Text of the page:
Things moved fast in the last meeting of the Planning Commission that led to the approval of a block of flats at Tas-Sajtun, which if built would dominate the skyline across a verdant valley with its bulk and breadth.
The mood or tempo during the meeting when the project was approved was distinctly different than in all previous meetings. The decision had been deferred for a year in meeting after meeting, and at one point the Planning Commission seemed to be heading towards refusal when it enunciated three reasons why the proposal was in breach of policies.
In the meeting before last, the commission members concurred that the entire top floor had to be removed from the proposal and heavier terracing introduced along the breadth of the proposed block.
The architect did introduce heavier terracing, but only removed part of the top floor. Yet the deputy chairperson, Mereille Fsadni, who was chairing the board in the absence of the chairperson, defended the amended architectural drawings despite the failure to remove the entire top floor as had been discussed or instructed in the previous meeting.
In the minutes of that meeting, the commission then attempted to justify the approval by stating that the updated case officer report (this is the report of the Planning Authority on the case) was a “material consideration” in terms of Article 72 (2d) of planning law.
Article 72 (2) lists the criteria for the determination of development applications – criteria include policies and plans and objectors' submissions – with sub-article 2d talking about “any other material consideration, including surrounding legal commitments, environmental, aesthetic and sanitary considerations, which the Planning Board may deem relevant.”
The law intends material consideration to be something rather tangible. In fact, the Court of Appeal has held more than once that Article 72 (2d) cannot be used to justify approval if a proposed development is clearly in breach of planning policies.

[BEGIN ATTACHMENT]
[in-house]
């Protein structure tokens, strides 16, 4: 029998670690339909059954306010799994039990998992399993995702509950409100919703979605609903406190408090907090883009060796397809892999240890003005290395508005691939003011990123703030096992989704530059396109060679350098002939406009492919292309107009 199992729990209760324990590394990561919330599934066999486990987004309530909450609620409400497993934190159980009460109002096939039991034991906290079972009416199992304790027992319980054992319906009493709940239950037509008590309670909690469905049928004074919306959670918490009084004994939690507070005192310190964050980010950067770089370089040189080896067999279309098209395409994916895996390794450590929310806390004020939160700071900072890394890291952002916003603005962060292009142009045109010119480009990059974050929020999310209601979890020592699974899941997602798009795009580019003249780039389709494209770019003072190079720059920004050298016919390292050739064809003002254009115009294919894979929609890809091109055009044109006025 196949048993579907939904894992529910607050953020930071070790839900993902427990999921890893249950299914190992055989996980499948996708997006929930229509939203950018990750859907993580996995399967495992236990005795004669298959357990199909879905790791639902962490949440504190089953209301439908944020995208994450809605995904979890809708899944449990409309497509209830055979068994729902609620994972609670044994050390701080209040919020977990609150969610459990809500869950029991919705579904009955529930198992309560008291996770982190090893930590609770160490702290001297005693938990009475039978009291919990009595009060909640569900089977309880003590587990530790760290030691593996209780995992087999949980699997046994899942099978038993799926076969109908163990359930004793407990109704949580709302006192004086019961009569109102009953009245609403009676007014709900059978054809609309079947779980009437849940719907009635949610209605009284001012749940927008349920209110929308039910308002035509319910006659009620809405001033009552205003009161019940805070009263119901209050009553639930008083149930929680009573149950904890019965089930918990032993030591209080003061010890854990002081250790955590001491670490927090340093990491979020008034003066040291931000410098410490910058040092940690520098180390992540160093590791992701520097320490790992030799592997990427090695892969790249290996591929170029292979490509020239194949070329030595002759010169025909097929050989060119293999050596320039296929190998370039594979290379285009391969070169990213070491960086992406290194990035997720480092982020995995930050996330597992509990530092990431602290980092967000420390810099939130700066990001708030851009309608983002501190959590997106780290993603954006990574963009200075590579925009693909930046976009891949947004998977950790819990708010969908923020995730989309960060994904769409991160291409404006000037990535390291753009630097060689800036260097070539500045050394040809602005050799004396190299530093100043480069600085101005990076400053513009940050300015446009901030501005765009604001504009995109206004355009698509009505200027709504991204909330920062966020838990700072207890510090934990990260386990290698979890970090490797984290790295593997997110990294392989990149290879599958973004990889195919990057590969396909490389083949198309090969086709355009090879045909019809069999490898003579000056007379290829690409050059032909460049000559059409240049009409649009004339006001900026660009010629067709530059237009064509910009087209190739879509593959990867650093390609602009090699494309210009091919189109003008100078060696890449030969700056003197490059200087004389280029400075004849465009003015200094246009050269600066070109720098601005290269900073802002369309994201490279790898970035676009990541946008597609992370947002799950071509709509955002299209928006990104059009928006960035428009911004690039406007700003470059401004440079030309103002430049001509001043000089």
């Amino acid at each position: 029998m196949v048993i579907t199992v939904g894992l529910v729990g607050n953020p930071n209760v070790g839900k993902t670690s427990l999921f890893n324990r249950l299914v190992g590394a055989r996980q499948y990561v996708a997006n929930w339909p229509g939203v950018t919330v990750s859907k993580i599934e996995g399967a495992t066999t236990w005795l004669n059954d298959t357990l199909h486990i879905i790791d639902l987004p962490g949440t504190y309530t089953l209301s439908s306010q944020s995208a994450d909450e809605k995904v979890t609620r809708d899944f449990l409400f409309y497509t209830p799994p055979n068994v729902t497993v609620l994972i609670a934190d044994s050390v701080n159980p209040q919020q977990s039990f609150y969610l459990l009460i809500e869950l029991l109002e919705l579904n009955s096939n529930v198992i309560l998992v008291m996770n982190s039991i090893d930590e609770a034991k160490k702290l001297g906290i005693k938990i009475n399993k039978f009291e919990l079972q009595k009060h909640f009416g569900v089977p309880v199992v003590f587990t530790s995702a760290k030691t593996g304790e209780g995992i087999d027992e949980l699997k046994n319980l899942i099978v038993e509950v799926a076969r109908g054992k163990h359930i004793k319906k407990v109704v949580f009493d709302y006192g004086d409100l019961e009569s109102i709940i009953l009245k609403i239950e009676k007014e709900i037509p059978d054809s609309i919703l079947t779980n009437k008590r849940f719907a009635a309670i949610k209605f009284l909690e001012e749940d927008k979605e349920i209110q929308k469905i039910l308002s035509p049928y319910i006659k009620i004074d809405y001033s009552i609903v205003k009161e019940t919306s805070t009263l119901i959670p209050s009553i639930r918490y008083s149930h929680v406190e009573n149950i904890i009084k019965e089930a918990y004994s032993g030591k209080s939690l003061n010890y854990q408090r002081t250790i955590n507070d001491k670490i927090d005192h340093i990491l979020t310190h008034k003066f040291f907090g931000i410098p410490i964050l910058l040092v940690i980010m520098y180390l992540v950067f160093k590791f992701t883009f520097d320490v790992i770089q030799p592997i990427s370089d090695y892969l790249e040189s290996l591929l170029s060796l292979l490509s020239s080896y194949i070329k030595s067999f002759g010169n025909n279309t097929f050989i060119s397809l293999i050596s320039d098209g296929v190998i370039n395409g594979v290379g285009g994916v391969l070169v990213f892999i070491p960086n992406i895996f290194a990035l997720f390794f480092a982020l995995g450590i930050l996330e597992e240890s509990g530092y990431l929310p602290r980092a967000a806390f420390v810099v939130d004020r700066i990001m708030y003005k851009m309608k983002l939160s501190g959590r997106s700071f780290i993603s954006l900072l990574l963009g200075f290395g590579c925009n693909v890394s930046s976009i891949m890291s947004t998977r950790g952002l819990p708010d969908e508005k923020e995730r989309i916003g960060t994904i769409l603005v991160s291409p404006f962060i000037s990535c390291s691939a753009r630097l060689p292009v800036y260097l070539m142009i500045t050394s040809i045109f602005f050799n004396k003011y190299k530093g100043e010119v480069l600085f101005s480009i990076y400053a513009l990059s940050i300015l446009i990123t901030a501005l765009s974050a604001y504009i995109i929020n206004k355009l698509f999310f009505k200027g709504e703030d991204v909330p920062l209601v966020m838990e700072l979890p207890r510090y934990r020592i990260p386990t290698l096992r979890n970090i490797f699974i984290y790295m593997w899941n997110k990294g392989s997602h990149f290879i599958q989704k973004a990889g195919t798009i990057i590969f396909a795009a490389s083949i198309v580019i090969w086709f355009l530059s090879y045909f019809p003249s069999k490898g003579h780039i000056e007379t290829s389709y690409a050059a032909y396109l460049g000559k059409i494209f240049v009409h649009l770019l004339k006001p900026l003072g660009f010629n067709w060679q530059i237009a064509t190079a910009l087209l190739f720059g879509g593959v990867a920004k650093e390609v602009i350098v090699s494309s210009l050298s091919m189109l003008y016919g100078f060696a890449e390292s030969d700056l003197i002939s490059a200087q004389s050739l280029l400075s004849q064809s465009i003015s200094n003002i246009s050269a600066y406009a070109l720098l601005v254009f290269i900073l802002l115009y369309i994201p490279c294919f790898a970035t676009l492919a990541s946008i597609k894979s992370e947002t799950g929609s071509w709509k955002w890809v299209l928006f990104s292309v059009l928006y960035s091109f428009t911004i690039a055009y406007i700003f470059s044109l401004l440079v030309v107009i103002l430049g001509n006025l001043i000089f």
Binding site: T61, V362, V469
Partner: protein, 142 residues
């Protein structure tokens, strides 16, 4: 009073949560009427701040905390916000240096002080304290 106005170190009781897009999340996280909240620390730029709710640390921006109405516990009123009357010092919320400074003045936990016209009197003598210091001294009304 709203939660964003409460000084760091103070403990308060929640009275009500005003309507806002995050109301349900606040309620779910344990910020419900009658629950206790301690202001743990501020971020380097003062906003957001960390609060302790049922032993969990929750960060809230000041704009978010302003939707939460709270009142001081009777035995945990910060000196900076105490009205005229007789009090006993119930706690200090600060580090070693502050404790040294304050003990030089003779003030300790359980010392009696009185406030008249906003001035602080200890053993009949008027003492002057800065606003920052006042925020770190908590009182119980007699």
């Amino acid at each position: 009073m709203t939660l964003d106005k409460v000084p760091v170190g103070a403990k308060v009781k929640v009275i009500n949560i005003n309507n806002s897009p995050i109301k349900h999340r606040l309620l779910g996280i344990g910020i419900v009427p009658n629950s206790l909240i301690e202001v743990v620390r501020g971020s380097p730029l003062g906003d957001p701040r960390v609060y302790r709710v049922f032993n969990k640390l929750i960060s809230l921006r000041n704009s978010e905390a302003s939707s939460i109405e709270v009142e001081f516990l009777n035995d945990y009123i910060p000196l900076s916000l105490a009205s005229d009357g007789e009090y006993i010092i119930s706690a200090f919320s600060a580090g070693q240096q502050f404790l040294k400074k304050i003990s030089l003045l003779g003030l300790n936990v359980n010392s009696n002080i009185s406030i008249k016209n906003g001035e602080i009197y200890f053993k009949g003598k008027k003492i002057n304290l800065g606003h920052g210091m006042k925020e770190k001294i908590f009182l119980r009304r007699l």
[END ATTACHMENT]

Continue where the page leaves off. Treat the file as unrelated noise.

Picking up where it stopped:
That would amount to circumvention of policies.
But that is what the Planning Commission did at Tas-Sajtun: the now-approved five-storey development (plus underground garage) is widely considered to be in breach of GZ-EDGE1. That is a major policy in the Local Plan that limits height to 2 floors and three course basement – and, in a recent case, the planning tribunal interpreted that policy in conjunction with supplementary policies as a height limitation of three floors.
Yet the Planning Authority did not only deliver permit, it even boasted about it. It launched a promotional campaign on social media in which it spun the approval as good planning, highlighting the fact that the developer had reduced the bulk of the building.
The developer had indeed been compelled by the Planning Commission – which was under pressure by more than a thousand objections and sustained opposition during meetings – to reduce the bulk of the building, a reduction from initial 71 flats to the final 38 flat. And that is largely a people’s win.
But the reduction in magnitude does not mitigate the crucial point: the block in its reduced bulk would still be out of character in the area and still in breach of GZ-EDGE1 policy. Part of the approved block is five-storeys high – and the planning tribunal last December revoked permit for a similar five-storey building on the basis of that same policy.
So once again the people have to keep fighting: two legal appeals against the planning permit were filed last week by three NGOs and a dozen residents. The appellants have raised a range of issues, including GZ-EDGE1 policy and the accuracy of photomontages, as well as questions surrounding ownership.